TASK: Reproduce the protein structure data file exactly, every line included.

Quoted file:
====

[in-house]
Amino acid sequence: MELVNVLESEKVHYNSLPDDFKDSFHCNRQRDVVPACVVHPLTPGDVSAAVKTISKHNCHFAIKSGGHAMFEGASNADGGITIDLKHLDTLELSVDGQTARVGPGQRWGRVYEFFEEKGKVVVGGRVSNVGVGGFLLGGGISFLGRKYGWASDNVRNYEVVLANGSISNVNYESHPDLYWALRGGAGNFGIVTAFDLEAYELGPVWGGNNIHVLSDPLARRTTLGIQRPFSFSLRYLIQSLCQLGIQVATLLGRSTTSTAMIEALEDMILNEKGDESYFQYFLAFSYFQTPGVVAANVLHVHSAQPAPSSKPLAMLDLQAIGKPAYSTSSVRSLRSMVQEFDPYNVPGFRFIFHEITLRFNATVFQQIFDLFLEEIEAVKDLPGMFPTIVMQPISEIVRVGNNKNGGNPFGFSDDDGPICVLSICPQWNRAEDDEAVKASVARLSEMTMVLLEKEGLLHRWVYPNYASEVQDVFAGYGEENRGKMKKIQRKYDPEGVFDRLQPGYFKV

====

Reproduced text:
[in-house]
Amino acid sequence: MELVNVLESEKVHYNSLPDDFKDSFHCNRQRDVVPACVVHPLTPGDVSAAVKTISKHNCHFAIKSGGHAMFEGASNADGGITIDLKHLDTLELSVDGQTARVGPGQRWGRVYEFFEEKGKVVVGGRVSNVGVGGFLLGGGISFLGRKYGWASDNVRNYEVVLANGSISNVNYESHPDLYWALRGGAGNFGIVTAFDLEAYELGPVWGGNNIHVLSDPLARRTTLGIQRPFSFSLRYLIQSLCQLGIQVATLLGRSTTSTAMIEALEDMILNEKGDESYFQYFLAFSYFQTPGVVAANVLHVHSAQPAPSSKPLAMLDLQAIGKPAYSTSSVRSLRSMVQEFDPYNVPGFRFIFHEITLRFNATVFQQIFDLFLEEIEAVKDLPGMFPTIVMQPISEIVRVGNNKNGGNPFGFSDDDGPICVLSICPQWNRAEDDEAVKASVARLSEMTMVLLEKEGLLHRWVYPNYASEVQDVFAGYGEENRGKMKKIQRKYDPEGVFDRLQPGYFKV